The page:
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4.5 out of 5 stars
4.5 out of 5 stars
The Villa Triste
Format: Kindle Edition|Change

on 27 August 2014
This is a rich and well-researched book tracing present-day murders connected to WW2 partisans in Italy. It's a period not often treated in popular fiction, after the fall of Mussolini when Italy was occupied by Germany fighting a losing battle against the slowly advancing Allies. The narrative is split between the `then' story set in 1943-4 told through the diary of a young Italian nurse, and the `now' focalised through the police investigator dealing with the murder of an old man.

The atmosphere and characterisation is generally very good, and Florence - in both the past and present stories - is almost a character in its own right. The plot, too, of what happened during the war, and how events reach forward into the present is emotionally resonant and well-constructed.

With so much that is done well, it's a shame that there are a few niggles that stopped this becoming a 5-star read for me: Grindle generally writes well but she sometimes over-stretches her prose through ill-advised imagery: `Cosimo Grandolo's warning to his wife ran in his head like a hamster on a wheel', `his mobile phone had begun to hop about like a cricket' - which served to tip me out of the story immediately.

The old diary trick to tell the past story has become an over-used device, and this story is told through one of the least interesting characters in the book: usually in dual time-frame novels I tend to prefer the past story to the present, but that surprisingly wasn't the case here as I just didn't warm to Caterina.

More importantly, there is a massive clue to the final outcome given in the pseudonym of one of the characters and it irritated me immensely that Pallioti, an intelligent and cultured officer, failed to identify it despite it being in Dante, one of Florence's own poets. It's a little patronising of the author to assume her readers are ignorant of classical and medieval literature - and if we're not, then we get what is almost a plot spoiler very early on.

These are, though, small niggles rather than deep dissatisfactions. I thought this book was going to be a bit of easy reading, but it's better crafted and researched more deeply than that with some important things to say - recommended.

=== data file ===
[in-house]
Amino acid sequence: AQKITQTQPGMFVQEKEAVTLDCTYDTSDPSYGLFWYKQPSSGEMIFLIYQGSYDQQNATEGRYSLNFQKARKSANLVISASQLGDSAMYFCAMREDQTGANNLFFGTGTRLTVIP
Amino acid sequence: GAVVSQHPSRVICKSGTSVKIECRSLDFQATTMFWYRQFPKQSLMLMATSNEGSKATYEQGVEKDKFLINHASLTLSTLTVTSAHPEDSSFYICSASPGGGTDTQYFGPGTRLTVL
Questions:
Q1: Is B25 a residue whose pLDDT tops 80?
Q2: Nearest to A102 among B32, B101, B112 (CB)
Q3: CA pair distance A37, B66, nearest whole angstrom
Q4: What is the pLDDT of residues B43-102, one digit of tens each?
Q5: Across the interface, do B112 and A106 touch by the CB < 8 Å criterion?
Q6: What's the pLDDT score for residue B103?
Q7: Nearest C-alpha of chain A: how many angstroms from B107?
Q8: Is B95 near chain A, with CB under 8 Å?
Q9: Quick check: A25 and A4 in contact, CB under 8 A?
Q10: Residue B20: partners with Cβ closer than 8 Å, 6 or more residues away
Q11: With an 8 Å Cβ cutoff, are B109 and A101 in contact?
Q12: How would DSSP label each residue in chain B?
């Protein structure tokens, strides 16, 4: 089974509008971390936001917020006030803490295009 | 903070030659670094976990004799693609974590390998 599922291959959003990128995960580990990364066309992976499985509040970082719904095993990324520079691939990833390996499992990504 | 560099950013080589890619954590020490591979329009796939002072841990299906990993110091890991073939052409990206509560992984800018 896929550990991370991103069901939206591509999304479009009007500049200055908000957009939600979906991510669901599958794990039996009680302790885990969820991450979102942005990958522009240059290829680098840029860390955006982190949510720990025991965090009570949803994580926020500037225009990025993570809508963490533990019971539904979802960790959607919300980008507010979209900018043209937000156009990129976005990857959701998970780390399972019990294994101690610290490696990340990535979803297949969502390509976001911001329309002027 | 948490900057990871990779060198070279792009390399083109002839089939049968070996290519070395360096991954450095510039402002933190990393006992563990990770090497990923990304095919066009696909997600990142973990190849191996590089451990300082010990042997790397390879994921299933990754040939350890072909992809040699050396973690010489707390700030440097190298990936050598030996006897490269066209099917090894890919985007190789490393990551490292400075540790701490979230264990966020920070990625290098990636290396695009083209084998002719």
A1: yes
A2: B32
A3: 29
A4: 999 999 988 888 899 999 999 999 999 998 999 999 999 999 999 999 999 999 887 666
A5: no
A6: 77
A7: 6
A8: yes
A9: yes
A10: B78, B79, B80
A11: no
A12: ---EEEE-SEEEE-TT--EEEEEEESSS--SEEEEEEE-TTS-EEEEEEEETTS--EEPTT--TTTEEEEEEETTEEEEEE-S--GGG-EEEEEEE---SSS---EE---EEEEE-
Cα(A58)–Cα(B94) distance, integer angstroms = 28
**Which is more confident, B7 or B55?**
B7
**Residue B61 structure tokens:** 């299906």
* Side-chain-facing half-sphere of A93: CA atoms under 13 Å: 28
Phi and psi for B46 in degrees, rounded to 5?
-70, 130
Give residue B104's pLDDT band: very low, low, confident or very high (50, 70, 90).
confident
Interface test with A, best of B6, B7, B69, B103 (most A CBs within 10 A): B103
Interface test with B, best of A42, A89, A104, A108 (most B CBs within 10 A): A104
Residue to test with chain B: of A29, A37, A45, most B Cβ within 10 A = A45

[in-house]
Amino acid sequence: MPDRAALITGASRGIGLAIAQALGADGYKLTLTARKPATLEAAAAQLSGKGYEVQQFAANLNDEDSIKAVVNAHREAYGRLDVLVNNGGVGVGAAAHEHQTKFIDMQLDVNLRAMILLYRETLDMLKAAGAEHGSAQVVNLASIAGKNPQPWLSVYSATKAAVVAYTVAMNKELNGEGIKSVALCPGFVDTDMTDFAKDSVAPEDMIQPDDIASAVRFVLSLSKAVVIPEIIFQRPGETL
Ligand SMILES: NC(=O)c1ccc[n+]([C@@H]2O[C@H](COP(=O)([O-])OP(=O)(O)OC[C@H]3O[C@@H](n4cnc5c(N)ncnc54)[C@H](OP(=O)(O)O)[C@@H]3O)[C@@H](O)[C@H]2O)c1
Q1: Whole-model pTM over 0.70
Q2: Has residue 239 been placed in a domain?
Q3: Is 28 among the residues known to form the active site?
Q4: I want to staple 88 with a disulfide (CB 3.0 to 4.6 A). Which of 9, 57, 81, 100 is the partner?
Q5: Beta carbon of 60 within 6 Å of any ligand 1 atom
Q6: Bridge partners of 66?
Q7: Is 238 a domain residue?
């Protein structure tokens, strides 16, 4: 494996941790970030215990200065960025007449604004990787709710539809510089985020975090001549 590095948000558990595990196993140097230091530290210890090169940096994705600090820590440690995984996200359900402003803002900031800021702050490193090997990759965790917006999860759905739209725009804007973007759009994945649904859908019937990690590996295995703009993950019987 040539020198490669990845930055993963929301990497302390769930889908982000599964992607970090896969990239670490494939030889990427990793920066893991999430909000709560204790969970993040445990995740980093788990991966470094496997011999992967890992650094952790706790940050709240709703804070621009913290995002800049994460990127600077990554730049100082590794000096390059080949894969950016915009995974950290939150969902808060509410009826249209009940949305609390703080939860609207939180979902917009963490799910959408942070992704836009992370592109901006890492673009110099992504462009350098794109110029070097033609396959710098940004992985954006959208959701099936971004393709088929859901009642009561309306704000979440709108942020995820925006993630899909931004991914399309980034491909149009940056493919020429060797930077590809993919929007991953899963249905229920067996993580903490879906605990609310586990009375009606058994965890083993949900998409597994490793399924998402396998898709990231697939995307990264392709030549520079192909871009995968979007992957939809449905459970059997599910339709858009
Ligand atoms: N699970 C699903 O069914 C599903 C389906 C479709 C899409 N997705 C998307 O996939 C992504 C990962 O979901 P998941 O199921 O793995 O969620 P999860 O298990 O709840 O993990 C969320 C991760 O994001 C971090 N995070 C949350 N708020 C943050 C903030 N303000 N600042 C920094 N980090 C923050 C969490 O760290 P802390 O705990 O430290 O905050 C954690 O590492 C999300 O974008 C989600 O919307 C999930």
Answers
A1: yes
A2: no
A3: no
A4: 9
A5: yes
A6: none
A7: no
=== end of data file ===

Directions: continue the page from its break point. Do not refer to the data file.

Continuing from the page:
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on 18 June 2017
So glad I found this book! Was almost holding my breath towards the end, rattling thorough the pages and at the same time not wanting it to end.
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on 3 September 2017
Evocative and beautifully written. Hard to put down even for work preparation!
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on 9 May 2014
This is a book about World War 2 with a difference. Buy it, read it, enjoy it. I did very much.
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on 4 May 2014
At times it was a good read but a but too convoluted and by the end could barely stay awake to read the final few chapters. A real shame as it seemed to have so much potential.
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VINE VOICEon 20 July 2010
The Villa Triste (Gestapo HQ in Florence) is set in war torn Italy and in the present day. The central characters are 2 sisters, Isabella and Caterina. The novel opens in 1943 with Caterina having a fitting for her wedding dress, looking forward to the future. Then the armistice with the Allies is signed and lives are changed forever with the occupation of Italy by the Germans. Both sisters become involved with the Partisans and it is something that happens during this time that leads to the present day events.